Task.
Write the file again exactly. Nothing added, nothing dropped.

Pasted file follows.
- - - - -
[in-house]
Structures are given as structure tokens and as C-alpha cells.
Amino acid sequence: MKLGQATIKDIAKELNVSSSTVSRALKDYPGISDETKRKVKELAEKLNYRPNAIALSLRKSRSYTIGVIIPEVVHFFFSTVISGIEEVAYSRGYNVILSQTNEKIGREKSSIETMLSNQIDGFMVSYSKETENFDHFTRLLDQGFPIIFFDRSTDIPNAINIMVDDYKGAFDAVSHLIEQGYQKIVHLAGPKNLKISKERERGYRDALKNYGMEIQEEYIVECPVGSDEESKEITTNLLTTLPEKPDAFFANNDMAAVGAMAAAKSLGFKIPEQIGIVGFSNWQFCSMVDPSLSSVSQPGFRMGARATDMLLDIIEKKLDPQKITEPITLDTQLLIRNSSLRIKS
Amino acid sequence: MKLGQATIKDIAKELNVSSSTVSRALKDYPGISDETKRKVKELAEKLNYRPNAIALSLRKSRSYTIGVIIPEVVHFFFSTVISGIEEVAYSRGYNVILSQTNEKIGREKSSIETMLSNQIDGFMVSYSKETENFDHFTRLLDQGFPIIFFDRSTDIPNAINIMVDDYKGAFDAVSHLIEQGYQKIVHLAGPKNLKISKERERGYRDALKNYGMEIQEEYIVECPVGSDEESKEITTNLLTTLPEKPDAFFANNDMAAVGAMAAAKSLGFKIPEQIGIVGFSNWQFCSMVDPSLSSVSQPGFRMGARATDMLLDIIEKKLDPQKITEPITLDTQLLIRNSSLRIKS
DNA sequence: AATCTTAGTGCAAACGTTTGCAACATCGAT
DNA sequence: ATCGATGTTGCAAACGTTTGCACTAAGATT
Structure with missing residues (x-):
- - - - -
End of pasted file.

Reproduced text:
[in-house]
Structures are given as structure tokens and as C-alpha cells.
Amino acid sequence: MKLGQATIKDIAKELNVSSSTVSRALKDYPGISDETKRKVKELAEKLNYRPNAIALSLRKSRSYTIGVIIPEVVHFFFSTVISGIEEVAYSRGYNVILSQTNEKIGREKSSIETMLSNQIDGFMVSYSKETENFDHFTRLLDQGFPIIFFDRSTDIPNAINIMVDDYKGAFDAVSHLIEQGYQKIVHLAGPKNLKISKERERGYRDALKNYGMEIQEEYIVECPVGSDEESKEITTNLLTTLPEKPDAFFANNDMAAVGAMAAAKSLGFKIPEQIGIVGFSNWQFCSMVDPSLSSVSQPGFRMGARATDMLLDIIEKKLDPQKITEPITLDTQLLIRNSSLRIKS
Amino acid sequence: MKLGQATIKDIAKELNVSSSTVSRALKDYPGISDETKRKVKELAEKLNYRPNAIALSLRKSRSYTIGVIIPEVVHFFFSTVISGIEEVAYSRGYNVILSQTNEKIGREKSSIETMLSNQIDGFMVSYSKETENFDHFTRLLDQGFPIIFFDRSTDIPNAINIMVDDYKGAFDAVSHLIEQGYQKIVHLAGPKNLKISKERERGYRDALKNYGMEIQEEYIVECPVGSDEESKEITTNLLTTLPEKPDAFFANNDMAAVGAMAAAKSLGFKIPEQIGIVGFSNWQFCSMVDPSLSSVSQPGFRMGARATDMLLDIIEKKLDPQKITEPITLDTQLLIRNSSLRIKS
DNA sequence: AATCTTAGTGCAAACGTTTGCAACATCGAT
DNA sequence: ATCGATGTTGCAAACGTTTGCACTAAGATT
Structure with missing residues (x-):